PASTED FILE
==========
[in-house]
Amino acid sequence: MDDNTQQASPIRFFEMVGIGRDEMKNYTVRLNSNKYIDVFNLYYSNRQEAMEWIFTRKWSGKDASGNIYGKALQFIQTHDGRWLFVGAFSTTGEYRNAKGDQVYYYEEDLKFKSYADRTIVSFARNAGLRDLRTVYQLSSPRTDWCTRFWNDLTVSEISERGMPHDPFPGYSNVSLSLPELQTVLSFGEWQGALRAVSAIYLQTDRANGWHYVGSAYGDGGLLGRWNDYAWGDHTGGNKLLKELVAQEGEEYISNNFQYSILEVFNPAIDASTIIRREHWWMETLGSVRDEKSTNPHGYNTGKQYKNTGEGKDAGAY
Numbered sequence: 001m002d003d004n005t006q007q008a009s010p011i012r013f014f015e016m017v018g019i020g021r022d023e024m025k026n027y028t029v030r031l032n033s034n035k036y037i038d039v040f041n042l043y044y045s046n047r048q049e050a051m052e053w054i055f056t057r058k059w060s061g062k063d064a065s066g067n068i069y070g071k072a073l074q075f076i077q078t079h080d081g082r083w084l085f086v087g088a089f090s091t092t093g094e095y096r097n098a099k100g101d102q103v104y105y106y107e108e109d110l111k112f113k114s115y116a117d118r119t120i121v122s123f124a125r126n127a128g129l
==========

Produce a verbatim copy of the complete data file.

[in-house]
Amino acid sequence: MDDNTQQASPIRFFEMVGIGRDEMKNYTVRLNSNKYIDVFNLYYSNRQEAMEWIFTRKWSGKDASGNIYGKALQFIQTHDGRWLFVGAFSTTGEYRNAKGDQVYYYEEDLKFKSYADRTIVSFARNAGLRDLRTVYQLSSPRTDWCTRFWNDLTVSEISERGMPHDPFPGYSNVSLSLPELQTVLSFGEWQGALRAVSAIYLQTDRANGWHYVGSAYGDGGLLGRWNDYAWGDHTGGNKLLKELVAQEGEEYISNNFQYSILEVFNPAIDASTIIRREHWWMETLGSVRDEKSTNPHGYNTGKQYKNTGEGKDAGAY
Numbered sequence: 001m002d003d004n005t006q007q008a009s010p011i012r013f014f015e016m017v018g019i020g021r022d023e024m025k026n027y028t029v030r031l032n033s034n035k036y037i038d039v040f041n042l043y044y045s046n047r048q049e050a051m052e053w054i055f056t057r058k059w060s061g062k063d064a065s066g067n068i069y070g071k072a073l074q075f076i077q078t079h080d081g082r083w084l085f086v087g088a089f090s091t092t093g094e095y096r097n098a099k100g101d102q103v104y105y106y107e108e109d110l111k112f113k114s115y116a117d118r119t120i121v122s123f124a125r126n127a128g129l